Tsai agrees that the best way to get ahead in the current market place is to offer style and substance. “It has to be aesthetically pleasing, because it has been around forever. It’s adding different looks and adding function.”Plackets have been on the market since the beginning of the industry, really. Fitting in with service industries, corporate programs and golf courses, the buttoned-up design has gone through few drastic changes in its existence.  “You really have to work hard to make a polo shirt exciting these days,” declares Danny Tsai, Tri-Mountain.

Among these changes have been feminine cuts added to women’s designs, along with ruffles, spandex, cap sleeves and less-prominent plackets. Colors evolve with changing trends, including the popular color blocking, to usually mirror the spring and summer seasons associated with the short-sleeved, active design, says Tsai. However, the biggest change the humble placket has seen in recent years is in the realm of high-tech finishes.

“Performance fabrics have been the big change in the last eight years or so,” says Lori Helms, Carolina Made. Indeed, performance features have come to the forefront of customer demands. Moisture wicking, anti-microbial and UPF properties are among the top performance features requested… and perhaps even expected.

“If a placket shirt doesn’t at least have moisture wicking, it’s kind of strange,” explains Tsai. Of course, increased technology in functional features also means the prices tend to escalate, which can pose unique challenges in trying to sell the dressier-than-a-T placket styles that already tend to impose on clients’ budgets.

This is a factor in placket segment sales for sure. With the economy struggling to pull out of the slump it has experienced over the past few years, it’s hard to tell if this product category has yet managed to pull ahead. “A lot of people are downgrading to T-shirts,” Tsai reports.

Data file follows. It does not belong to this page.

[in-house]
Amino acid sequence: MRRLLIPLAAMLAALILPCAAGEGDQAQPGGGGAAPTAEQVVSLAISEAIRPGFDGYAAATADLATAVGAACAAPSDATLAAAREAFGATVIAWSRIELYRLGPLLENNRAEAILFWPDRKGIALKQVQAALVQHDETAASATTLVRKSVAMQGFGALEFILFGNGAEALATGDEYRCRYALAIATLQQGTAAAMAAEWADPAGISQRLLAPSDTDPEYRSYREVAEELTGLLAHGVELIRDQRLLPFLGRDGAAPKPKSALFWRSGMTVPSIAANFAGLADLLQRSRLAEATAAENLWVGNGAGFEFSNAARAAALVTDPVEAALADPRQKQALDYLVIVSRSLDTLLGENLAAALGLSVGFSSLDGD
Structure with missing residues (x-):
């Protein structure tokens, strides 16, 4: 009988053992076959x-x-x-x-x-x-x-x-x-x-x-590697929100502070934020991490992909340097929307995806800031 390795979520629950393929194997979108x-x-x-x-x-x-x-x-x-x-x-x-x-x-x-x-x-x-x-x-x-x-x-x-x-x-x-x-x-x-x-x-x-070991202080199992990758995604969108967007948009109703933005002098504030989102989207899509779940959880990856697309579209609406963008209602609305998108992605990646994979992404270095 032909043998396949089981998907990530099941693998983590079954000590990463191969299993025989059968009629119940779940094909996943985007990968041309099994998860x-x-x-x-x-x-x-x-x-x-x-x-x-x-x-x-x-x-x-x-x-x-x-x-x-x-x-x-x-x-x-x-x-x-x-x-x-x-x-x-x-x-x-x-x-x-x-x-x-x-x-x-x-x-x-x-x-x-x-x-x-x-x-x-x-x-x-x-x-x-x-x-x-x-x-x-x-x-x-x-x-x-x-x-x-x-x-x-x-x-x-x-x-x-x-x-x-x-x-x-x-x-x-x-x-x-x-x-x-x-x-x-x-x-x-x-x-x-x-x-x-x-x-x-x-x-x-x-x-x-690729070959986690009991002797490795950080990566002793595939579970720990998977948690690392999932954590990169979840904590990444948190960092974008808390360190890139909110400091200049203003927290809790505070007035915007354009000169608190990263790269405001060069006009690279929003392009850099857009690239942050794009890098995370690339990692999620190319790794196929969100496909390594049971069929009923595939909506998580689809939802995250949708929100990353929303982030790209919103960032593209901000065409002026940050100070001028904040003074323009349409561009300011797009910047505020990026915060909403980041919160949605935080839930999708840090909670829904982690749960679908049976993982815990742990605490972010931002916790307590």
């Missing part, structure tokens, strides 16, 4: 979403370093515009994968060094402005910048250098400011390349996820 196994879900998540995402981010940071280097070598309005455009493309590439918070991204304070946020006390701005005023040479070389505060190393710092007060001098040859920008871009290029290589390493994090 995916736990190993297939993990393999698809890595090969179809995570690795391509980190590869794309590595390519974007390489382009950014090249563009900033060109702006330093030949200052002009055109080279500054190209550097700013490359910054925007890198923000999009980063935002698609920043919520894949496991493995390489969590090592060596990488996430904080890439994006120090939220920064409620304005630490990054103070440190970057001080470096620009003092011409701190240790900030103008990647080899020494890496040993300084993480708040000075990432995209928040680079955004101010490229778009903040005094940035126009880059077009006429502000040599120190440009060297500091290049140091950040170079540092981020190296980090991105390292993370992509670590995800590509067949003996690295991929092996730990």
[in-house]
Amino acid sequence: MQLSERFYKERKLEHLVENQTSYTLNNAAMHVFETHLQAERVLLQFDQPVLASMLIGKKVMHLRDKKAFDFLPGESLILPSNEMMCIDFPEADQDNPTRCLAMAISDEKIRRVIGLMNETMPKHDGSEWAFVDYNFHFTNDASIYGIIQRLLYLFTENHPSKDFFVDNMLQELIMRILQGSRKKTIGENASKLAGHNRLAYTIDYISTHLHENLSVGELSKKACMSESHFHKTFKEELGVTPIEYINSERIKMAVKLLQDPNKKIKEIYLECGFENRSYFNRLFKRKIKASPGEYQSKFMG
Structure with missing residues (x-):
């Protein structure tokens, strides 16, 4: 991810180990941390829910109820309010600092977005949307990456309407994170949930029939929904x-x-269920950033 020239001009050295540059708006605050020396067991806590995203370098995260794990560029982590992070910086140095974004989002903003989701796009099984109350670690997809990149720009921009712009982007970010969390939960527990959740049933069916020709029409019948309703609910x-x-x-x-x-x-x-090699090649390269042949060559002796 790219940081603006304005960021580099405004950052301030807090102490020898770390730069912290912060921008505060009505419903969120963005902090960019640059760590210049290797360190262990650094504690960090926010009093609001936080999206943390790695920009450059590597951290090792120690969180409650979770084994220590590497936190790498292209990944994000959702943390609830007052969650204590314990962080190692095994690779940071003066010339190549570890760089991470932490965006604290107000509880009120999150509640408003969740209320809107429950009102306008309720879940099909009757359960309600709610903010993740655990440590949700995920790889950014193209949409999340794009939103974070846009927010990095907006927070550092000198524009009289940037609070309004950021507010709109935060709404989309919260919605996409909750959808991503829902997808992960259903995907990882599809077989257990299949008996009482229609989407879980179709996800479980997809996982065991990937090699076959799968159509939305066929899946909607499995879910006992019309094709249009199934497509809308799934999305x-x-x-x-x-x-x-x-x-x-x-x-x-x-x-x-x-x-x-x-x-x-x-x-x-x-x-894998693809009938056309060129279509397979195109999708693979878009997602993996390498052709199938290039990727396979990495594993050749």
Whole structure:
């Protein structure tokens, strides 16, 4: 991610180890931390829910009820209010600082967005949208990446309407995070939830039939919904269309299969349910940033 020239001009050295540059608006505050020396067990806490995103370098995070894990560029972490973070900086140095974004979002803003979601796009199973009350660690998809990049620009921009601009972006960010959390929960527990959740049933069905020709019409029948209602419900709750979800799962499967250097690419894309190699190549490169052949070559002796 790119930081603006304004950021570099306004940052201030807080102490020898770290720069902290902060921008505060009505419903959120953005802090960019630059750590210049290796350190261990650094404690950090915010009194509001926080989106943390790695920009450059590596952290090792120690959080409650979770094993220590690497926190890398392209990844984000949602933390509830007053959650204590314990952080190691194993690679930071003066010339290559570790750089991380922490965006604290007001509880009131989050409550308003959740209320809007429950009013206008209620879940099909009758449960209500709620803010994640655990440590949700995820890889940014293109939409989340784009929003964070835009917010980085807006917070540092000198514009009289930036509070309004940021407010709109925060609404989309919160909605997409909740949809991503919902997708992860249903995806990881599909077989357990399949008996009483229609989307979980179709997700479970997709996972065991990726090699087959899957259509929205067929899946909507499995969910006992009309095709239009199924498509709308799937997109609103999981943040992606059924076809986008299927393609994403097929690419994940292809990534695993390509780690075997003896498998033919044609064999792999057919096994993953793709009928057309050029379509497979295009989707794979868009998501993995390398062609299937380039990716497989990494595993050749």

Tim Stiene also sees this change, noting that his company, Whispering Pines, has phased out the fancier style shirts to expand the basics lines of plackets. “Things that we may have only offered in the upper-end items, we’re now offering with our basic selection,” he says. This means integration of the popular moisture wicking finishes and offering 100 percent polyester shirts at opening price points.

Helms adds that, while the market can go to both extremes, there is always a place for the middleman. And, more importantly, a little bit of perceived luxury. “T-shirts will always be around, but if ad-specialty companies are trying to go out there and sell a shirt to a business with their logo on it, it’s a nicer look for somebody to go out there with.” With options ranging from the inexpensive to pro-shop price points, plackets can still manage to fit many needs.

The key is to understand who the customer is, Stiene emphasizes. “It’s understanding what the end-use of the product is or what they expect from the shirt itself.”

Finally, by offering a variety of price points, styles and colors, decorators can supply a little something for virtually every type of end-user. “Every distributor has the basics; solid colors, fashion collars, pockets and different fabrics,” Helms explains. “The niche lies in having performance fabric golf shirts and offering different color schemes within the same shirt, in a size range.”

Tsai agrees that the best way to get ahead in the current market place is to offer style and substance. “It has to be aesthetically pleasing, because it has been around forever. It’s adding different looks and adding function.”